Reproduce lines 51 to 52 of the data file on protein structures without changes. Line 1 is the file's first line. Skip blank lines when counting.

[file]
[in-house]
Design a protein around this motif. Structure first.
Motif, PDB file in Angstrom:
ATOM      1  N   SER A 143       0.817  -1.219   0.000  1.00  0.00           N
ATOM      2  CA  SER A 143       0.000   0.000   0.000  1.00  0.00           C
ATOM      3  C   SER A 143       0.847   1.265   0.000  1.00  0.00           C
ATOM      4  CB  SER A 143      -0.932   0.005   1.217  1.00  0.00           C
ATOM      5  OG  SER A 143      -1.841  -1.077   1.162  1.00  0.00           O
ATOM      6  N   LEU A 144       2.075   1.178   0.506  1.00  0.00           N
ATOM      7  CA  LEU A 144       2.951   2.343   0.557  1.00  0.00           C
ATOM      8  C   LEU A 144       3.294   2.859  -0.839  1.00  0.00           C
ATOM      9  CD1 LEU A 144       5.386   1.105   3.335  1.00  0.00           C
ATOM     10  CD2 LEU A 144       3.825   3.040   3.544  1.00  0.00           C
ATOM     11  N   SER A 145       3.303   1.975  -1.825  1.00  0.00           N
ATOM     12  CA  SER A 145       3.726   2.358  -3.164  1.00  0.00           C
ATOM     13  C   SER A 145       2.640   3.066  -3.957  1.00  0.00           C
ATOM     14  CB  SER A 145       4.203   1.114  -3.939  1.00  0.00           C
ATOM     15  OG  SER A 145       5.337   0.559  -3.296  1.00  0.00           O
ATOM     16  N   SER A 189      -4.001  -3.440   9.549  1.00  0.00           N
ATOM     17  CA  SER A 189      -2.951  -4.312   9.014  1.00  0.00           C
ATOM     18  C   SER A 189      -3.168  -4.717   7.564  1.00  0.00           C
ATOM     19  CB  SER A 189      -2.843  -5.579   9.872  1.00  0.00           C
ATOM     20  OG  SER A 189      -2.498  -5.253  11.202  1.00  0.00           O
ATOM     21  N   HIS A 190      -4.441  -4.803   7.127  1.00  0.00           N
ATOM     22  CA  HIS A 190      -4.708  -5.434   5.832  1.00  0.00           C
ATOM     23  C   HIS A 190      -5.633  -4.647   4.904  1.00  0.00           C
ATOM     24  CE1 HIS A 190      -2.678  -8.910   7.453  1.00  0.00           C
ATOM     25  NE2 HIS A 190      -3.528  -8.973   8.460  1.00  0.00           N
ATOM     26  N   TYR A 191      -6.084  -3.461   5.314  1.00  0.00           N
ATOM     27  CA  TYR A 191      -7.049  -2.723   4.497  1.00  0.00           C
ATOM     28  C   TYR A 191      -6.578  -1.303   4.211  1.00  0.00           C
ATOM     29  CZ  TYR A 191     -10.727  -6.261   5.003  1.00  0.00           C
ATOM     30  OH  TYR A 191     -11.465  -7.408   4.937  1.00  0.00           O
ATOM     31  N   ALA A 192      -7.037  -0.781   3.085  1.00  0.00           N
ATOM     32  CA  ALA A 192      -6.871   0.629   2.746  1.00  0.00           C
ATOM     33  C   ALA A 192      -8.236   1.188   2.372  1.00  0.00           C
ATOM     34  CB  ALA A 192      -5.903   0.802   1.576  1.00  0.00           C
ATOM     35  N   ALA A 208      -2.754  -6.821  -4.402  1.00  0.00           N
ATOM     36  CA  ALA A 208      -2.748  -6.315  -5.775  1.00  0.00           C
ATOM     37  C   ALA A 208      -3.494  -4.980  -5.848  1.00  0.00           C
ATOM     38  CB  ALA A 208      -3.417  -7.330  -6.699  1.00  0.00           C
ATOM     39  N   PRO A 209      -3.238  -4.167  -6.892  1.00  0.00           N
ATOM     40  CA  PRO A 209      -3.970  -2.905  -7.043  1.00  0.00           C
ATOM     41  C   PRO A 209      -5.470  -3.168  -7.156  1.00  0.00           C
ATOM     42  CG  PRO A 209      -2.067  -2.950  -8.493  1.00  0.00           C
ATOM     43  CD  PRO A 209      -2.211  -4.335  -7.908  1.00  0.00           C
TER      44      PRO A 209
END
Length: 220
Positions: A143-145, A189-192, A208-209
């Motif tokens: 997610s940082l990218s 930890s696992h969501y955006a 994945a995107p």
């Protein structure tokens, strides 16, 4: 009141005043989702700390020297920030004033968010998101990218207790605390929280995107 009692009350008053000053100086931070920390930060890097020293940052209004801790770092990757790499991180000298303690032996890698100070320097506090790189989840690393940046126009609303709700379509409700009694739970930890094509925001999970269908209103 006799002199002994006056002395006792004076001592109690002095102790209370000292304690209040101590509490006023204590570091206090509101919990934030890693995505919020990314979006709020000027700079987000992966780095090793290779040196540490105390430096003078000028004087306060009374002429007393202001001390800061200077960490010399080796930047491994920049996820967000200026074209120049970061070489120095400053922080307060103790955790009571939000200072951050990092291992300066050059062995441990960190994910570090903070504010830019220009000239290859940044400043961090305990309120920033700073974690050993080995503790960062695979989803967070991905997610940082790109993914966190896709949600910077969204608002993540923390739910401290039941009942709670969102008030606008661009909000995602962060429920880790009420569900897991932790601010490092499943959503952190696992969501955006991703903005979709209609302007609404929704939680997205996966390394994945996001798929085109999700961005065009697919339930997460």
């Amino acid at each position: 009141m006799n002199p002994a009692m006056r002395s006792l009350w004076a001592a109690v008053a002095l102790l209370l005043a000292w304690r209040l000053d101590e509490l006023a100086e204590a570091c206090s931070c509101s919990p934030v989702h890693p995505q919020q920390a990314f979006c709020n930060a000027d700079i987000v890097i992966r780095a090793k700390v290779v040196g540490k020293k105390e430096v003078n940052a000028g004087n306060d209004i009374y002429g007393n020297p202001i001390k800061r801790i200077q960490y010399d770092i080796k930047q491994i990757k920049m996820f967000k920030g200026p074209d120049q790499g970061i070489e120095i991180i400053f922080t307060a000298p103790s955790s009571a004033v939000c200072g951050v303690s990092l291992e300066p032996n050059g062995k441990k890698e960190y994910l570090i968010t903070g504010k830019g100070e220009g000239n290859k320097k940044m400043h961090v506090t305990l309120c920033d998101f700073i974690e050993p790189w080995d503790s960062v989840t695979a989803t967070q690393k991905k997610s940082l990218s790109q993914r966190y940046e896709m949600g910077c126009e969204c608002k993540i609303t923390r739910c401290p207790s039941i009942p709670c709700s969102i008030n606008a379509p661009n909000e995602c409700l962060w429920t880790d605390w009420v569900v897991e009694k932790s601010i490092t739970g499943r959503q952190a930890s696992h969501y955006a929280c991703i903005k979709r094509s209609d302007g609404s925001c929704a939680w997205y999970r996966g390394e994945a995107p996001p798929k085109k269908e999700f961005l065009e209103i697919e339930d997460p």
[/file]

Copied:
């Motif tokens: 997610s940082l990218s 930890s696992h969501y955006a 994945a995107p």
């Protein structure tokens, strides 16, 4: 009141005043989702700390020297920030004033968010998101990218207790605390929280995107 009692009350008053000053100086931070920390930060890097020293940052209004801790770092990757790499991180000298303690032996890698100070320097506090790189989840690393940046126009609303709700379509409700009694739970930890094509925001999970269908209103 006799002199002994006056002395006792004076001592109690002095102790209370000292304690209040101590509490006023204590570091206090509101919990934030890693995505919020990314979006709020000027700079987000992966780095090793290779040196540490105390430096003078000028004087306060009374002429007393202001001390800061200077960490010399080796930047491994920049996820967000200026074209120049970061070489120095400053922080307060103790955790009571939000200072951050990092291992300066050059062995441990960190994910570090903070504010830019220009000239290859940044400043961090305990309120920033700073974690050993080995503790960062695979989803967070991905997610940082790109993914966190896709949600910077969204608002993540923390739910401290039941009942709670969102008030606008661009909000995602962060429920880790009420569900897991932790601010490092499943959503952190696992969501955006991703903005979709209609302007609404929704939680997205996966390394994945996001798929085109999700961005065009697919339930997460």